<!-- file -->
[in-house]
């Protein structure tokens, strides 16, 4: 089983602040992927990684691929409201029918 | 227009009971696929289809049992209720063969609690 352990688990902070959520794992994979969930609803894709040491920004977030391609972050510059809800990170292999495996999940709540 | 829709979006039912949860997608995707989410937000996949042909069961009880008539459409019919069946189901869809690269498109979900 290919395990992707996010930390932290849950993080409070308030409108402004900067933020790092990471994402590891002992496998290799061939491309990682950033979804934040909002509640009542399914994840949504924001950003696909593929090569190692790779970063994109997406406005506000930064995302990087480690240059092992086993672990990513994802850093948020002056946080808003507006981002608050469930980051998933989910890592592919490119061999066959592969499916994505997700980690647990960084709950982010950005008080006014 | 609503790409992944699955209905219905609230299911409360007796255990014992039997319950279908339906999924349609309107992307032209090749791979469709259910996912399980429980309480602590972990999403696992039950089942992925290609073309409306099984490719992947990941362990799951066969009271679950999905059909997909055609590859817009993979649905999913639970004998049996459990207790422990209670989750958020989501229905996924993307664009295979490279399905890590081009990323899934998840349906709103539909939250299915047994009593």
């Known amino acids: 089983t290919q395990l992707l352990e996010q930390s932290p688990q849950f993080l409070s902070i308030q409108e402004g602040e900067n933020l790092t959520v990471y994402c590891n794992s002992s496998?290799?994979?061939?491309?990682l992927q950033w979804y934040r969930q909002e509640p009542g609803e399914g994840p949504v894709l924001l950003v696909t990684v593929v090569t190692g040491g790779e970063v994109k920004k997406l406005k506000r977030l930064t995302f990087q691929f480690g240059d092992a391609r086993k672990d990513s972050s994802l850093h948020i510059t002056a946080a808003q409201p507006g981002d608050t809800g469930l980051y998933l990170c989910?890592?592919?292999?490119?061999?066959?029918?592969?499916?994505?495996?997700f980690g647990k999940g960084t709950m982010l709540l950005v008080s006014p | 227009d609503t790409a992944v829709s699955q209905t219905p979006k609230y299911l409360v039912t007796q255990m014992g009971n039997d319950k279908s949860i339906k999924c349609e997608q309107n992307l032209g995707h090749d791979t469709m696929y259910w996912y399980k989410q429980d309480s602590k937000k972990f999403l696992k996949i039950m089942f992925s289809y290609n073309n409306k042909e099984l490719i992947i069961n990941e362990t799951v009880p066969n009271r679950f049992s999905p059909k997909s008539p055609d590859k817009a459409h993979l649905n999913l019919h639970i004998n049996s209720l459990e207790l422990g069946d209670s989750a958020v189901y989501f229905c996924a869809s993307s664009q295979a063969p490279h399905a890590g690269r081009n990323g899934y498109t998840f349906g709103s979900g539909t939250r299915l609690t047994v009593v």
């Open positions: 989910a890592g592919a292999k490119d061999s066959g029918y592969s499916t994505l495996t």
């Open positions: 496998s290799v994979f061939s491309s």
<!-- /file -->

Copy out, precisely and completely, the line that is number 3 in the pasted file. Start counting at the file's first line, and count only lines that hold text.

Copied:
């Known amino acids: 089983t290919q395990l992707l352990e996010q930390s932290p688990q849950f993080l409070s902070i308030q409108e402004g602040e900067n933020l790092t959520v990471y994402c590891n794992s002992s496998?290799?994979?061939?491309?990682l992927q950033w979804y934040r969930q909002e509640p009542g609803e399914g994840p949504v894709l924001l950003v696909t990684v593929v090569t190692g040491g790779e970063v994109k920004k997406l406005k506000r977030l930064t995302f990087q691929f480690g240059d092992a391609r086993k672990d990513s972050s994802l850093h948020i510059t002056a946080a808003q409201p507006g981002d608050t809800g469930l980051y998933l990170c989910?890592?592919?292999?490119?061999?066959?029918?592969?499916?994505?495996?997700f980690g647990k999940g960084t709950m982010l709540l950005v008080s006014p | 227009d609503t790409a992944v829709s699955q209905t219905p979006k609230y299911l409360v039912t007796q255990m014992g009971n039997d319950k279908s949860i339906k999924c349609e997608q309107n992307l032209g995707h090749d791979t469709m696929y259910w996912y399980k989410q429980d309480s602590k937000k972990f999403l696992k996949i039950m089942f992925s289809y290609n073309n409306k042909e099984l490719i992947i069961n990941e362990t799951v009880p066969n009271r679950f049992s999905p059909k997909s008539p055609d590859k817009a459409h993979l649905n999913l019919h639970i004998n049996s209720l459990e207790l422990g069946d209670s989750a958020v189901y989501f229905c996924a869809s993307s664009q295979a063969p490279h399905a890590g690269r081009n990323g899934y498109t998840f349906g709103s979900g539909t939250r299915l609690t047994v009593v």